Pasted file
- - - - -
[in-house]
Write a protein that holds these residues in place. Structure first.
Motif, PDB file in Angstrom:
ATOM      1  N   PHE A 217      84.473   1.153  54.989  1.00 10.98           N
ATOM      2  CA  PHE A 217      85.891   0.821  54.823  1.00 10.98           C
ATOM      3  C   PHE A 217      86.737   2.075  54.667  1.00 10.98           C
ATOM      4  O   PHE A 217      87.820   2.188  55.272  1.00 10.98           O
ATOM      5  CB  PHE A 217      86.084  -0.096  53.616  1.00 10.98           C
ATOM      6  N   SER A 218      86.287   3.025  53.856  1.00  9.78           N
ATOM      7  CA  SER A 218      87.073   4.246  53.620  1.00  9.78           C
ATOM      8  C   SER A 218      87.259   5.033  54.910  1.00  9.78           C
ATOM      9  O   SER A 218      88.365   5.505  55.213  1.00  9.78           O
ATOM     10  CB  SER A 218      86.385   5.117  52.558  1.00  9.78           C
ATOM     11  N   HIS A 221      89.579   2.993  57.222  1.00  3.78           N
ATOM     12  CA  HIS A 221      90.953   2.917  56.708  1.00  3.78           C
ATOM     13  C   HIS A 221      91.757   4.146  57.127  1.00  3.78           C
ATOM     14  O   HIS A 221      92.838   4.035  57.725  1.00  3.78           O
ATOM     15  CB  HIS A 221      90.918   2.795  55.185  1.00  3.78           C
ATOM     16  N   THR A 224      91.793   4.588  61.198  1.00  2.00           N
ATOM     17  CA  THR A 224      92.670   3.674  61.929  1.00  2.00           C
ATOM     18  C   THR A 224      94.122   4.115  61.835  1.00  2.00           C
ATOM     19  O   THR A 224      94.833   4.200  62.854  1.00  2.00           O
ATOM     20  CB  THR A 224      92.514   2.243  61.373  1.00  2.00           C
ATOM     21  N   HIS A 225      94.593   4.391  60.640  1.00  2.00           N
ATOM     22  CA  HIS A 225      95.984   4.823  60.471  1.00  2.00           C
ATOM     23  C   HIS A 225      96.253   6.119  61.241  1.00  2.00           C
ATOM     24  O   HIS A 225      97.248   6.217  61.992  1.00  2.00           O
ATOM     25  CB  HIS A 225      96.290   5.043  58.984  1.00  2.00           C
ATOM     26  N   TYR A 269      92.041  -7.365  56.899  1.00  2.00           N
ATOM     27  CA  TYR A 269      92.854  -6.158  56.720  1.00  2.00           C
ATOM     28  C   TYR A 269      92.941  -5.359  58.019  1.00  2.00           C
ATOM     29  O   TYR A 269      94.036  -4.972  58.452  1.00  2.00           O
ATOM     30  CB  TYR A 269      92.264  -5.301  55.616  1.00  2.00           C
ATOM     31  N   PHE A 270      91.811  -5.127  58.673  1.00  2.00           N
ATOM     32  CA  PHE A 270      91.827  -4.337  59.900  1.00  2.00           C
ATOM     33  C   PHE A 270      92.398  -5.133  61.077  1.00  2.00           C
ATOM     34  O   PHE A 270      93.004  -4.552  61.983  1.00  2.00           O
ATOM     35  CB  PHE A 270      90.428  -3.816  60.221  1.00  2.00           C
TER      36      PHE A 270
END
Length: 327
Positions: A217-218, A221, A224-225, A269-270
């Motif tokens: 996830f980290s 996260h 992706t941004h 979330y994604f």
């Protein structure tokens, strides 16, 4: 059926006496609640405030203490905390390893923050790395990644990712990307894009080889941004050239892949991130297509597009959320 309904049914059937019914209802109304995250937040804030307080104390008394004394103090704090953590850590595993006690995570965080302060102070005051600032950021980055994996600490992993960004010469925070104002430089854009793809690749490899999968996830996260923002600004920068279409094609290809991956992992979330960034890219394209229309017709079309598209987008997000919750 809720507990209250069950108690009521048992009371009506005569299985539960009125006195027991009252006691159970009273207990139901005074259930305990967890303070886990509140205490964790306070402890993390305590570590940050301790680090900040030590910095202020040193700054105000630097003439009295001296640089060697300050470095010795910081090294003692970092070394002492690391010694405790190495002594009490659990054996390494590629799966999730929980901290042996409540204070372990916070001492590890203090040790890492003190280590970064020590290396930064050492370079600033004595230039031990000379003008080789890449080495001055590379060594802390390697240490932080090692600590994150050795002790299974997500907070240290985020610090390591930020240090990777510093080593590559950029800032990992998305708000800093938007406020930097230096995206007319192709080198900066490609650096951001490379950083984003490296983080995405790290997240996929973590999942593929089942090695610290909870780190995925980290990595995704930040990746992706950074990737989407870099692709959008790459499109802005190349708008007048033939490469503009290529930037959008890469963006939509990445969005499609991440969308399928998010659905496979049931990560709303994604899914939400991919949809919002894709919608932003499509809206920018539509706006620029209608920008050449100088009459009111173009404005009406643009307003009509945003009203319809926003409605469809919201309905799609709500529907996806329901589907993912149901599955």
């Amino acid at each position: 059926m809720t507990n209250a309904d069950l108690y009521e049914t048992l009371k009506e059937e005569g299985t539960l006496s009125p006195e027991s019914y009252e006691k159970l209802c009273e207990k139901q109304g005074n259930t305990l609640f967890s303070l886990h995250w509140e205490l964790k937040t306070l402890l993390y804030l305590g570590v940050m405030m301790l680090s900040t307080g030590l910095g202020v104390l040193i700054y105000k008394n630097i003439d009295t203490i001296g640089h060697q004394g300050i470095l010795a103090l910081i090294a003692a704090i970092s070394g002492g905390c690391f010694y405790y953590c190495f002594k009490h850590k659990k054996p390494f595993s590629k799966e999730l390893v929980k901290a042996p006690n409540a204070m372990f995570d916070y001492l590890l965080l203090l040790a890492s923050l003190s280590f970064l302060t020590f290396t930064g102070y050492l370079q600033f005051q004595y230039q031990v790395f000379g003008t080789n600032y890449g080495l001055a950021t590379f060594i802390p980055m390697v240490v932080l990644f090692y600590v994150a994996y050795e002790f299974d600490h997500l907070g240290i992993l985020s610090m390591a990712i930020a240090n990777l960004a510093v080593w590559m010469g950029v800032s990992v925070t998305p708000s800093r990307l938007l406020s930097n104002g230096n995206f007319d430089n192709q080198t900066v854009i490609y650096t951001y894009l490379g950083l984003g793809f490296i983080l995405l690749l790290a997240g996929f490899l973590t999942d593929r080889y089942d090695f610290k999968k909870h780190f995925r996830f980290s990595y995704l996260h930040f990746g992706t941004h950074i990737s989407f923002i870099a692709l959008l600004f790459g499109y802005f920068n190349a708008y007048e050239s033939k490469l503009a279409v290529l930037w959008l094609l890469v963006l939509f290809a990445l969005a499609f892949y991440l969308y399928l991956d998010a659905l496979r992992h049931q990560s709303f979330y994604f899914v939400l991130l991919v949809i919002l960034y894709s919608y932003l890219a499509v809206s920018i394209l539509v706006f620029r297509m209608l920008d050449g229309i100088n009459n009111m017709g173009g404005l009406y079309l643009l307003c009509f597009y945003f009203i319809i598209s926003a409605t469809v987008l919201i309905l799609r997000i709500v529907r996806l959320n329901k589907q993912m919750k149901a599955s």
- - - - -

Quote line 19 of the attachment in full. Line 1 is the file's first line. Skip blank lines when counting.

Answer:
ATOM     16  N   THR A 224      91.793   4.588  61.198  1.00  2.00           N